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  #7    
Old May 10th, 2013, 12:33 PM
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Generally, when a writer knows what they're doing, they'll find a way to keep you interested. Usually reading a story that comes off as forced will turn the reader off of the story all together.

For me in particular, it's about the bounds of imagination. If I read a story that described every single nook and cranny, I would eventually stop reading it. The writer has created a world all their own. Rather than letting me submerse myself in my perspective of this world, they've made sure to establish everything for me.

Likewise, I don't enjoy reading stories that have too litte description. For example, if someone was writing a battle and didn't explain the setting, intensity, or even the emotion of the characters in said battle, then I can't properly imagine it. I don't know what they were going for.

It's all about a balance. Describe the area, but don't lock the properties exclusively. Tell me the grass is green and long. Tell me that the long, dark green grass is consistently blown by the wind as the dew moves from blade to blade. Don't tell me that the dark green grass blowing in the wind was grown by an old farmer who eventually moved away, hence why it is so long. Don't tell me that this time of the year is normally relatively windy. All of that is usually unnecessary and I can't stand that. Once you take away and describe every single part that I would normally leave to my imagination, I kinda feel like the story is more of one that you wanted to tell rather than one you wanted me to read.

There's nothing wrong with extra description either. Seeing too much of it in a single story, however, would just be plan off-putting.
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Old May 10th, 2013, 01:59 PM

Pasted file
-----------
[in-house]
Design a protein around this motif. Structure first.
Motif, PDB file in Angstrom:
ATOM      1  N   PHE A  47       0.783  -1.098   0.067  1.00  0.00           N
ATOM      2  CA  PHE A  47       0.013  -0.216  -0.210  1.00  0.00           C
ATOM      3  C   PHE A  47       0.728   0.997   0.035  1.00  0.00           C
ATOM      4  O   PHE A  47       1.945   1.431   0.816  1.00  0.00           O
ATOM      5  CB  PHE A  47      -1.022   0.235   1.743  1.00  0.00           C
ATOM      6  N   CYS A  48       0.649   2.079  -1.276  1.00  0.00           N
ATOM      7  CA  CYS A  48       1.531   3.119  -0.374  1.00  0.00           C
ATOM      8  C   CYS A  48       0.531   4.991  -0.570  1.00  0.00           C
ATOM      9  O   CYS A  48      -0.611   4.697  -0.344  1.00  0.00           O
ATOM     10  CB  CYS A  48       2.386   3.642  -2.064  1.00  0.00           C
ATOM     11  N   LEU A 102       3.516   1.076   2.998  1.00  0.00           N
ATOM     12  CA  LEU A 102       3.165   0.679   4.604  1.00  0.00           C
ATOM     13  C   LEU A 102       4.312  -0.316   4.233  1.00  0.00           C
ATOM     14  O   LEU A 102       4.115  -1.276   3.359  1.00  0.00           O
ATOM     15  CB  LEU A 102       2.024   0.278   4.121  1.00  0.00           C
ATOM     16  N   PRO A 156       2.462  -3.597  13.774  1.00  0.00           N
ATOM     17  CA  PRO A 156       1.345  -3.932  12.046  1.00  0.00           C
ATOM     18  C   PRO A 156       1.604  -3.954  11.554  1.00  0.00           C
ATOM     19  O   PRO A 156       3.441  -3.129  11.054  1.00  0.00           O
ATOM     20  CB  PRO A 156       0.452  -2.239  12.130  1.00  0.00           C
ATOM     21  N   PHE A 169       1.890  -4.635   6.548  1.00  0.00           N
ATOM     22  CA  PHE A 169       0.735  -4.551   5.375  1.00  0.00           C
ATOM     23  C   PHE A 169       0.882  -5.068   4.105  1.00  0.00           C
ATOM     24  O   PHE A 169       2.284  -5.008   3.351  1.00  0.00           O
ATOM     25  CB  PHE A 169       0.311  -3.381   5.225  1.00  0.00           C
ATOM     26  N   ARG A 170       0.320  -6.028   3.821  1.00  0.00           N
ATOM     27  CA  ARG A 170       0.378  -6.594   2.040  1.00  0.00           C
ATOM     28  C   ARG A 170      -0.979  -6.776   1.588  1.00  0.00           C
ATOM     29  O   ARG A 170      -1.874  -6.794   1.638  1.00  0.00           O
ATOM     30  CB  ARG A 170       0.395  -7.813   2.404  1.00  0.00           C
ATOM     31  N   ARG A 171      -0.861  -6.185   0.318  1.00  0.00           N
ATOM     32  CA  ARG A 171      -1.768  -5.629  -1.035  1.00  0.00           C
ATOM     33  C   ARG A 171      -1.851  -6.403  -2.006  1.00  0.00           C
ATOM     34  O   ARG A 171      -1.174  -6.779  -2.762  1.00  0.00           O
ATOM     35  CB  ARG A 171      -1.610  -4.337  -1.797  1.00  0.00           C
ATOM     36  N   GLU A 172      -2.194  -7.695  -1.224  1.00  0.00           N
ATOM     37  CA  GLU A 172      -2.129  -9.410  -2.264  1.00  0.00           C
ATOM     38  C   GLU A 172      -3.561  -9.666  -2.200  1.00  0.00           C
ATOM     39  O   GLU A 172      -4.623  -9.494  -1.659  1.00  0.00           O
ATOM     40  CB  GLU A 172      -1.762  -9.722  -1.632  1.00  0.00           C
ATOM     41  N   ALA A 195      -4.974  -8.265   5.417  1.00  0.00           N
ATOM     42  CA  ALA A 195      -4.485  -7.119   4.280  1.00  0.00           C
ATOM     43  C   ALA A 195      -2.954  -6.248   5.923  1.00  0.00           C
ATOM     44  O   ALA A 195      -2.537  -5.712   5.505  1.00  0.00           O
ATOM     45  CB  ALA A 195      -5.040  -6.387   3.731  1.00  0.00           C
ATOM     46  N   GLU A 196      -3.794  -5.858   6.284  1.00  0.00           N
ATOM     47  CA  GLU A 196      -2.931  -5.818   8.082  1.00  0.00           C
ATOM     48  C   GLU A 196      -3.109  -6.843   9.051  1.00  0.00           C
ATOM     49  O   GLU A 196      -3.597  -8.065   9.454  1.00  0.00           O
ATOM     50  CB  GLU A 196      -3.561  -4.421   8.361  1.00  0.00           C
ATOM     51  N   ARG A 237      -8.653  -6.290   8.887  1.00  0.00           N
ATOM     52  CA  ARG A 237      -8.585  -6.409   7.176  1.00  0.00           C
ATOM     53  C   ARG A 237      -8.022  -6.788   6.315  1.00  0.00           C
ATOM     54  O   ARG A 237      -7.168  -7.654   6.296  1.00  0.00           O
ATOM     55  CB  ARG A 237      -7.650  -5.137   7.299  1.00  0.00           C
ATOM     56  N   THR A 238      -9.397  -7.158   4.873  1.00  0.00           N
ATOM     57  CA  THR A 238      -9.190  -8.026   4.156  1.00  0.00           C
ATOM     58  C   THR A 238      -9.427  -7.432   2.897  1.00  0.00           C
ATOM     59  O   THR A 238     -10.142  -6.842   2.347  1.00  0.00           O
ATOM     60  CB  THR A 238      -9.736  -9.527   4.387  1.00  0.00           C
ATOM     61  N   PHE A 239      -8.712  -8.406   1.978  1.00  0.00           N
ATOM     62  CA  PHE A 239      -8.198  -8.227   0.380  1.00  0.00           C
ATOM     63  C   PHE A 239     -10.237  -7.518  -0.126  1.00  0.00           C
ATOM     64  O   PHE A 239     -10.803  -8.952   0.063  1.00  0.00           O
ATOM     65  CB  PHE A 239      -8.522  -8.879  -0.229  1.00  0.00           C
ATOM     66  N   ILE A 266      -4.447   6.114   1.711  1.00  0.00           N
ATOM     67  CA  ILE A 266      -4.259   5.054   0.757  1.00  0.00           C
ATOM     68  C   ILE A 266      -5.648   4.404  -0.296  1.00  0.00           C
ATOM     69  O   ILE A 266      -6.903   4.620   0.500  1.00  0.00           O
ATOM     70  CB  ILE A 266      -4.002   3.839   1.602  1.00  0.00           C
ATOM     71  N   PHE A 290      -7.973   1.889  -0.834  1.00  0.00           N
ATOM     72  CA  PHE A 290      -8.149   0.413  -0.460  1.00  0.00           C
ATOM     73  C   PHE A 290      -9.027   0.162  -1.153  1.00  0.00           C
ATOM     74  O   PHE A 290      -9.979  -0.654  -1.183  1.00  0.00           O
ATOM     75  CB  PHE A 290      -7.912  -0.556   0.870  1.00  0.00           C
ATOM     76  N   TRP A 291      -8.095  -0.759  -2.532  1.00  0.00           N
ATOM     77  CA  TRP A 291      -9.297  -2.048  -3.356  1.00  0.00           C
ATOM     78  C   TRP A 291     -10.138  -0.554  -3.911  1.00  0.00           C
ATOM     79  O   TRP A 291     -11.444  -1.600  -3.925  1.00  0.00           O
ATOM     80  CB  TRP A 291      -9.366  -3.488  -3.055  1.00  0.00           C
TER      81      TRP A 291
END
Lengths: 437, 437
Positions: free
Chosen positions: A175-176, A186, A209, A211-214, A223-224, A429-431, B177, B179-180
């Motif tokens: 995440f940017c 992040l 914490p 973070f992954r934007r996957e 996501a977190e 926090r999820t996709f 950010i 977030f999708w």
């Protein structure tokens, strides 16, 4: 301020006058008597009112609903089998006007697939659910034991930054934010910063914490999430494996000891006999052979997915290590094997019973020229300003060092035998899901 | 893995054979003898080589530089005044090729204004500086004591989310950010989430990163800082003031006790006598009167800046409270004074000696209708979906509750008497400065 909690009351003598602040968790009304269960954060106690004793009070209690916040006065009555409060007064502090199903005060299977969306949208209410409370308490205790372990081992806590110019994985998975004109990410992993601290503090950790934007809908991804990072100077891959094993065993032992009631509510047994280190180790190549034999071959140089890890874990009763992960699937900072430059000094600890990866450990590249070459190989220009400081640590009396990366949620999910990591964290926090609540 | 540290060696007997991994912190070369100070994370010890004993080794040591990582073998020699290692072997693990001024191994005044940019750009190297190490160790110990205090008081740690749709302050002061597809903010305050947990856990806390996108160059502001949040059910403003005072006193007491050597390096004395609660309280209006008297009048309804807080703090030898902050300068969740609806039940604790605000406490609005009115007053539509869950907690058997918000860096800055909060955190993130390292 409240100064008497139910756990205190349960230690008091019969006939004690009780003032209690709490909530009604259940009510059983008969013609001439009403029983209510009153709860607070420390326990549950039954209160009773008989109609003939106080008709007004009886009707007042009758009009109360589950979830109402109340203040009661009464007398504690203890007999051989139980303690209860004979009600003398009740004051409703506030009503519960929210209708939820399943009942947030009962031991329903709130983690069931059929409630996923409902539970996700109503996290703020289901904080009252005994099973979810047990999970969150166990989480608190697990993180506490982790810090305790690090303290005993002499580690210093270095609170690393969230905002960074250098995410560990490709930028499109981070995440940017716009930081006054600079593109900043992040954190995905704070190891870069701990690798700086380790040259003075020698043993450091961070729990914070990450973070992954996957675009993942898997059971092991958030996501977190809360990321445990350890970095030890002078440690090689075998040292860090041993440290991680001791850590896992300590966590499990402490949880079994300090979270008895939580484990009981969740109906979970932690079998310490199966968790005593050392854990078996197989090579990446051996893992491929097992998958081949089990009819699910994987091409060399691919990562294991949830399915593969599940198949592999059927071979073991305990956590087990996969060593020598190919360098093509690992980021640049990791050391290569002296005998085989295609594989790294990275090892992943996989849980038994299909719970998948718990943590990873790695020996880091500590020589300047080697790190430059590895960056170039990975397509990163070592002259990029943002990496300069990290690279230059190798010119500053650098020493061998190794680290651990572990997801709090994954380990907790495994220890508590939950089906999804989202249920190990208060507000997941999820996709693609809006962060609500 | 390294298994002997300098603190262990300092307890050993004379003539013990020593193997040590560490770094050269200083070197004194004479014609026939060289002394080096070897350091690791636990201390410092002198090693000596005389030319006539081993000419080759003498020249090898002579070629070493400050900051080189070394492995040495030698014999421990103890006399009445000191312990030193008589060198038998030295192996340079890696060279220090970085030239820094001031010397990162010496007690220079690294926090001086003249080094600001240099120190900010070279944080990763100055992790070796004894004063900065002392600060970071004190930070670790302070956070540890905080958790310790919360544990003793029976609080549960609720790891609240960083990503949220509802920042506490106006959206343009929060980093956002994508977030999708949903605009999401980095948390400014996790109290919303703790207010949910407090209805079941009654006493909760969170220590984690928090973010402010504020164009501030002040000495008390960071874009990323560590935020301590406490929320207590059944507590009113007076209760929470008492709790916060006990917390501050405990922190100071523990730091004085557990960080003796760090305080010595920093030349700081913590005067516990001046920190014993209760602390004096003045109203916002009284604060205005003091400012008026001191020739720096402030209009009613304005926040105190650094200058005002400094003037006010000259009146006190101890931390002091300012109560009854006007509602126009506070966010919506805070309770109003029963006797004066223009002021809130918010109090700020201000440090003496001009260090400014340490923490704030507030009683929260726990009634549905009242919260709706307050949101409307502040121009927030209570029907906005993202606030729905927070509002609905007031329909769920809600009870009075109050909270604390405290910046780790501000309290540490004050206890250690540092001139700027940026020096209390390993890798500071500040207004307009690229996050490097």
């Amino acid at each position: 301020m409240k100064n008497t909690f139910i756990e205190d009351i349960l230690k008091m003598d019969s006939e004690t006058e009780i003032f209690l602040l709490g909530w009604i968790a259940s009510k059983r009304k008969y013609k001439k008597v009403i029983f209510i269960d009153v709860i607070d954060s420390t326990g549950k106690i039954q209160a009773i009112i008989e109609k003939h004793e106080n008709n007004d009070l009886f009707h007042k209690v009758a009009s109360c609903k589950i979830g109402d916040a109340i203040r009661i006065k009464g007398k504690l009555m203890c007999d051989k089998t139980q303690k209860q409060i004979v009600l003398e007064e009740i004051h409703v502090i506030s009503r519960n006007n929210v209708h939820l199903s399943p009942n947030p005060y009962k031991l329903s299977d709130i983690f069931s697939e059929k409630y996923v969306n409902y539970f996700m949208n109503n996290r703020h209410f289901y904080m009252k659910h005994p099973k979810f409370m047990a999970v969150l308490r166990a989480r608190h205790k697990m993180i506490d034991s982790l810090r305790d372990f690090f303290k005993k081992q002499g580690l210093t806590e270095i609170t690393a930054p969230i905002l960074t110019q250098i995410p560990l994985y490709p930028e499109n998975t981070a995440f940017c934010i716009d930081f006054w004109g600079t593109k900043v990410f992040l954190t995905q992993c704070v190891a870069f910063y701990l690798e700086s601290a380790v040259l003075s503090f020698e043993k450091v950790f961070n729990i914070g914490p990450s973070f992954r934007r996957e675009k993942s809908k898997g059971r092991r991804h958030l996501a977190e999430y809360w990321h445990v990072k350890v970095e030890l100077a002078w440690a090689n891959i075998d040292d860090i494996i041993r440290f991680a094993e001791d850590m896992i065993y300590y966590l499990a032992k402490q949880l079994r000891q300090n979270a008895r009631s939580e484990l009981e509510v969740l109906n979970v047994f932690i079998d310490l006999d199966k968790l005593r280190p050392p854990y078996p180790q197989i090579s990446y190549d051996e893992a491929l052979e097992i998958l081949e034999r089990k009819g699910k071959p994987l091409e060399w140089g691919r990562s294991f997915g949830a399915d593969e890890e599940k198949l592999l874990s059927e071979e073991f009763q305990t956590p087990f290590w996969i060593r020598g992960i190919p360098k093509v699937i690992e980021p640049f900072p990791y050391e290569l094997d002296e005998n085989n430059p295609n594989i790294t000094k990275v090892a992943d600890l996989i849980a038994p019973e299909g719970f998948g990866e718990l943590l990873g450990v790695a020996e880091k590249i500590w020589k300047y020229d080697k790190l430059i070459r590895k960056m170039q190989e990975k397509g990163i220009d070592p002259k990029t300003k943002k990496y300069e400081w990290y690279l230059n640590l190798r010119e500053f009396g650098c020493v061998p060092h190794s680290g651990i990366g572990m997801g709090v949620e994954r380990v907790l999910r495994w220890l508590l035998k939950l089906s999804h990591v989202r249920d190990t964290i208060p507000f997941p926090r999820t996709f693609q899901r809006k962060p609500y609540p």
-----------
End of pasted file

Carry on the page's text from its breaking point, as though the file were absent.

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I'm not picky.

Actually, that's a lie. Let me try again:

I'm picky when it comes to good writing. The plot doesn't have to interest me all that much nor does the author have to be spectacular. I simply want some nice old prose that keeps me going because it's simply entrancing. You have my attention. Make use of it. Oh, and good characters make it all. Just all-around good portrayals (omg psyanic you can't use good in two consecutive sentences) keep me in the game. Even one interesting character with an awesome depiction will get me reading to the bitter end, even if that one character dies or leaves or something. In that case, it's an especially bitter end because they didn't come back. But they were a good character anyway. One character can make a story for me.
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  #9    
Old May 27th, 2013, 12:20 PM
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Thank you for all your answers, I've really gotten some nice tips!

Quote:
It's all about a balance. Describe the area, but don't lock the properties exclusively. Tell me the grass is green and long. Tell me that the long, dark green grass is consistently blown by the wind as the dew moves from blade to blade. Don't tell me that the dark green grass blowing in the wind was grown by an old farmer who eventually moved away, hence why it is so long. Don't tell me that this time of the year is normally relatively windy. All of that is usually unnecessary and I can't stand that. Once you take away and describe every single part that I would normally leave to my imagination, I kinda feel like the story is more of one that you wanted to tell rather than one you wanted me to read.
This is very wise. I struggle to maintain this balance when writing anything fictional.